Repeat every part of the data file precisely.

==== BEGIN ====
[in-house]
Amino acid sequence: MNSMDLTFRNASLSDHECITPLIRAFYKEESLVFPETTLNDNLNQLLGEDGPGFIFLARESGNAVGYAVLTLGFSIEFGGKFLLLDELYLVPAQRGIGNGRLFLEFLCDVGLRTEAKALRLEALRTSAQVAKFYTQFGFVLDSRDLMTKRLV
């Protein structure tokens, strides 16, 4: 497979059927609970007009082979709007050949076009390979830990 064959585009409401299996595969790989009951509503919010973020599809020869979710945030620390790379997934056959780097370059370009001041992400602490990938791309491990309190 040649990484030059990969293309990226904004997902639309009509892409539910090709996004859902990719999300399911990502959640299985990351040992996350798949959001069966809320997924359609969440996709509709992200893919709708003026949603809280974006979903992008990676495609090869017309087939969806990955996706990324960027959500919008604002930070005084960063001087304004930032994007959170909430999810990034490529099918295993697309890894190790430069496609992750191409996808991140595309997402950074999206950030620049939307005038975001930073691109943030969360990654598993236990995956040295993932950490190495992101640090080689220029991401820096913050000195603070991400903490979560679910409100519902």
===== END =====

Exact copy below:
[in-house]
Amino acid sequence: MNSMDLTFRNASLSDHECITPLIRAFYKEESLVFPETTLNDNLNQLLGEDGPGFIFLARESGNAVGYAVLTLGFSIEFGGKFLLLDELYLVPAQRGIGNGRLFLEFLCDVGLRTEAKALRLEALRTSAQVAKFYTQFGFVLDSRDLMTKRLV
């Protein structure tokens, strides 16, 4: 497979059927609970007009082979709007050949076009390979830990 064959585009409401299996595969790989009951509503919010973020599809020869979710945030620390790379997934056959780097370059370009001041992400602490990938791309491990309190 040649990484030059990969293309990226904004997902639309009509892409539910090709996004859902990719999300399911990502959640299985990351040992996350798949959001069966809320997924359609969440996709509709992200893919709708003026949603809280974006979903992008990676495609090869017309087939969806990955996706990324960027959500919008604002930070005084960063001087304004930032994007959170909430999810990034490529099918295993697309890894190790430069496609992750191409996808991140595309997402950074999206950030620049939307005038975001930073691109943030969360990654598993236990995956040295993932950490190495992101640090080689220029991401820096913050000195603070991400903490979560679910409100519902």